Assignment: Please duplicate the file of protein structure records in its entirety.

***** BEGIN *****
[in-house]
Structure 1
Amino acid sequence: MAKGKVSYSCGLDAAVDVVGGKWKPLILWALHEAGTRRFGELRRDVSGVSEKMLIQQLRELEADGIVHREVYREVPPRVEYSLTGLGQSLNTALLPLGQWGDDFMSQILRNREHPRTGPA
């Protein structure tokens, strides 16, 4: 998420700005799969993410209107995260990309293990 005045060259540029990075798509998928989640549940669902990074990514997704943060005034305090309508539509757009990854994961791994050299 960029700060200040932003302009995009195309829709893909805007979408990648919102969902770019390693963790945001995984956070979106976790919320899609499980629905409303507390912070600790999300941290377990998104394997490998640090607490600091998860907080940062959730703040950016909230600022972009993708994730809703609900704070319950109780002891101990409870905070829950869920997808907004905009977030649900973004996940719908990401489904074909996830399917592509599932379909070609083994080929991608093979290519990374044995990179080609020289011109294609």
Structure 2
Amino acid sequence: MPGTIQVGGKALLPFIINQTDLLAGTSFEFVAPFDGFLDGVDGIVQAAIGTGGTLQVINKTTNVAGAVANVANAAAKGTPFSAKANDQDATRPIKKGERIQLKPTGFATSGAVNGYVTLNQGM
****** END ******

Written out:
[in-house]
Structure 1
Amino acid sequence: MAKGKVSYSCGLDAAVDVVGGKWKPLILWALHEAGTRRFGELRRDVSGVSEKMLIQQLRELEADGIVHREVYREVPPRVEYSLTGLGQSLNTALLPLGQWGDDFMSQILRNREHPRTGPA
């Protein structure tokens, strides 16, 4: 998420700005799969993410209107995260990309293990 005045060259540029990075798509998928989640549940669902990074990514997704943060005034305090309508539509757009990854994961791994050299 960029700060200040932003302009995009195309829709893909805007979408990648919102969902770019390693963790945001995984956070979106976790919320899609499980629905409303507390912070600790999300941290377990998104394997490998640090607490600091998860907080940062959730703040950016909230600022972009993708994730809703609900704070319950109780002891101990409870905070829950869920997808907004905009977030649900973004996940719908990401489904074909996830399917592509599932379909070609083994080929991608093979290519990374044995990179080609020289011109294609």
Structure 2
Amino acid sequence: MPGTIQVGGKALLPFIINQTDLLAGTSFEFVAPFDGFLDGVDGIVQAAIGTGGTLQVINKTTNVAGAVANVANAAAKGTPFSAKANDQDATRPIKKGERIQLKPTGFATSGAVNGYVTLNQGM